Malta And The Maltese By Charles A. Price

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Malta! Recipient of the George Cross for gallant resistance to Italo-German siege in the Second World War; home of the British Mediterranean fleet for over 150 years; part cause of the Napoleonic Wars of the early nineteenth and a half century; home for two centuries of the Knights of St. John and, under them, unconquerable bastion of the West against the onslaughts of the Moslem Turks: Malta has ever been associated with naval warfare, siege and armed might. In the eyes of Christendom she is famous also as the stormy scene of the ship-wreck of St. Paul, and, in the minds of those interested in a still as earlier Europe, the centre of a most remarkable Stone-Age culture. In these events lies the fascination and the fame of Malta’s history.
This romantic background, however, often blinds us to another aspect: that Malta has for centuries been one of the most densely populated parts of Europe-her present density being nearly 2,700 persons per square mile-and that social problems of great imperial significance have grown up around such an intense concentration of people. Nor is it often realized that Malta is not a solitary islet with a homogeneous character but a group of islands differing in some respects quite markedly from one another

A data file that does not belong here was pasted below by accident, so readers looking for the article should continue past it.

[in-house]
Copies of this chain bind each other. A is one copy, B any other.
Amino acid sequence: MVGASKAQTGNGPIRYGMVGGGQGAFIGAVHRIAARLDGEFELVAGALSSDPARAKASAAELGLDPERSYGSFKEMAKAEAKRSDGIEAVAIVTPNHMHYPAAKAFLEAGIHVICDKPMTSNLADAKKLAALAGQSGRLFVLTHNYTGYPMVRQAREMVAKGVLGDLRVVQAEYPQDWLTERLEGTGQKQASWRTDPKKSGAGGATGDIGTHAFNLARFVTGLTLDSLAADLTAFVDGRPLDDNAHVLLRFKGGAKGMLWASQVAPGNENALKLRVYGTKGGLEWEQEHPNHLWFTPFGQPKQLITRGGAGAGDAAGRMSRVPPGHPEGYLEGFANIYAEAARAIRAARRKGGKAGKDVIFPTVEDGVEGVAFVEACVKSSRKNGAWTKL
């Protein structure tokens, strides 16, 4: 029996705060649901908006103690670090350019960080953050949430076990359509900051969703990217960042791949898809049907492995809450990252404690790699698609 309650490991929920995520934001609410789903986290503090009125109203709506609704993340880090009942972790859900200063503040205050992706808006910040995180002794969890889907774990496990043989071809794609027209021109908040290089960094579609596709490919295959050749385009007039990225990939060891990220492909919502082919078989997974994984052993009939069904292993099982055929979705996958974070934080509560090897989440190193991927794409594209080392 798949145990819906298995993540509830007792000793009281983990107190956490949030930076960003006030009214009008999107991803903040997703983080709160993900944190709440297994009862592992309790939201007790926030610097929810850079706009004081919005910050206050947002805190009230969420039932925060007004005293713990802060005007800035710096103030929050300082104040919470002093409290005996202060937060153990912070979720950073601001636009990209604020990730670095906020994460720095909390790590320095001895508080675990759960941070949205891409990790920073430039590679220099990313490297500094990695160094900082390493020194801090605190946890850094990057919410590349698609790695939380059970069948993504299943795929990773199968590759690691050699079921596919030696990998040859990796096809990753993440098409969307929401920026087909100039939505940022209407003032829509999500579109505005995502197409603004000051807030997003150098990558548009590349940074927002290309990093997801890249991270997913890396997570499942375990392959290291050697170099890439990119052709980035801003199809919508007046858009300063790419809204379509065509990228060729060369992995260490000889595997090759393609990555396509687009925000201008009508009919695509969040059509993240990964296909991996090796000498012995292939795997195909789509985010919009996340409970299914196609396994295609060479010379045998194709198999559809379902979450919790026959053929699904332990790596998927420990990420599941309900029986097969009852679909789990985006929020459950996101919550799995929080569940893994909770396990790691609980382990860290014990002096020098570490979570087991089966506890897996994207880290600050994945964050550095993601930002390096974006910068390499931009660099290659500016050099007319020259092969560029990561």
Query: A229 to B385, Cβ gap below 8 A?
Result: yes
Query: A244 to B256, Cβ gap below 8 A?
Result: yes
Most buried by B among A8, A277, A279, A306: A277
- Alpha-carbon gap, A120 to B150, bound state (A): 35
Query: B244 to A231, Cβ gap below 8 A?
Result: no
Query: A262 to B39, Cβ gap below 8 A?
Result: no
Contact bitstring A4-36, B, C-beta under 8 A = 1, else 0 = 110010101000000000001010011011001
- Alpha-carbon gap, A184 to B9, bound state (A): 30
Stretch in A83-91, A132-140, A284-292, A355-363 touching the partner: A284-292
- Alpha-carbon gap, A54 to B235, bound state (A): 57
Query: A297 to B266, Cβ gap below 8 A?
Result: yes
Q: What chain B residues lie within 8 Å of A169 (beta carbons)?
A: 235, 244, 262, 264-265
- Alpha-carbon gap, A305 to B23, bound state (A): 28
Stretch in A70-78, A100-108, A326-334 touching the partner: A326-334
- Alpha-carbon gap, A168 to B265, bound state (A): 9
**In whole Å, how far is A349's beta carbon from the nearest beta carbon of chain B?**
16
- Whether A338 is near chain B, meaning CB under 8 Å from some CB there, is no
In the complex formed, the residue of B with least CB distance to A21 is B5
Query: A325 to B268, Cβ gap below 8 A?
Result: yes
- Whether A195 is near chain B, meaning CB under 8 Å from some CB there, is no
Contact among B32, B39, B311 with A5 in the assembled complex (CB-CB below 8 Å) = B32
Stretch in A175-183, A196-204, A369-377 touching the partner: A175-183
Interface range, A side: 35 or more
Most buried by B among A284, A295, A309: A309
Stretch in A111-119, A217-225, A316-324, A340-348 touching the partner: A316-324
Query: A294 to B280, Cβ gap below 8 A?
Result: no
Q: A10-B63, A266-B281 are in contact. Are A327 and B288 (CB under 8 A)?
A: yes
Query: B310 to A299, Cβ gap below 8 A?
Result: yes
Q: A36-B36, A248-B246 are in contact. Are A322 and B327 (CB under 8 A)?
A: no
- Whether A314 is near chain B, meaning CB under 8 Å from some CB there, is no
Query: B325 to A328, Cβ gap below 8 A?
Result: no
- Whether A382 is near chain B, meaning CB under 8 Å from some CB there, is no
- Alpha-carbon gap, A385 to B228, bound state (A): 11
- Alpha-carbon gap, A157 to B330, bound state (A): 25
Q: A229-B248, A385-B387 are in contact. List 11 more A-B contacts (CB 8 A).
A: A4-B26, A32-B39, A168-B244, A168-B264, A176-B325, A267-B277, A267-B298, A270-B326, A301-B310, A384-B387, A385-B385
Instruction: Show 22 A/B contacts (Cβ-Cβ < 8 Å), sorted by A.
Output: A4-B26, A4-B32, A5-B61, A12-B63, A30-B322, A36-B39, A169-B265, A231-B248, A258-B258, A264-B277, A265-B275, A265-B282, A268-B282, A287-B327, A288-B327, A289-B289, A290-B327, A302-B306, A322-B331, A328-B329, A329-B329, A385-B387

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Of Malta proper, with its 96 sq. miles and its capital Valetta, we have all doubtless heard. But Gozo, with its 26 sq. miles and its little capital town of Victoria, we know less well; despite the claim of its inhabitants that they are to the “Maltese” proper what the Scottish are to the English, providing most of the energy and much of the intelligence of Maltese activities at home and overseas. The purpose of this book is to bring before the public some of these less known matters, more especially the way in which during the nineteenth century the Maltese people and the British government faced the “Nemesis of over-population” and the “harsh necessity to emigrate abroad”. Bound in pale blue cloth with gilt text on the spine. No dustjacket. Book is signed in ink on the second page by the original owner. Some foxing to pages, mainly the first few pages and endpapers. Sun bleaching to spine and top part of the boards. Hardcover. Published by Georgian House, Melbourne, Australia 1954

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Weight 0.43 kg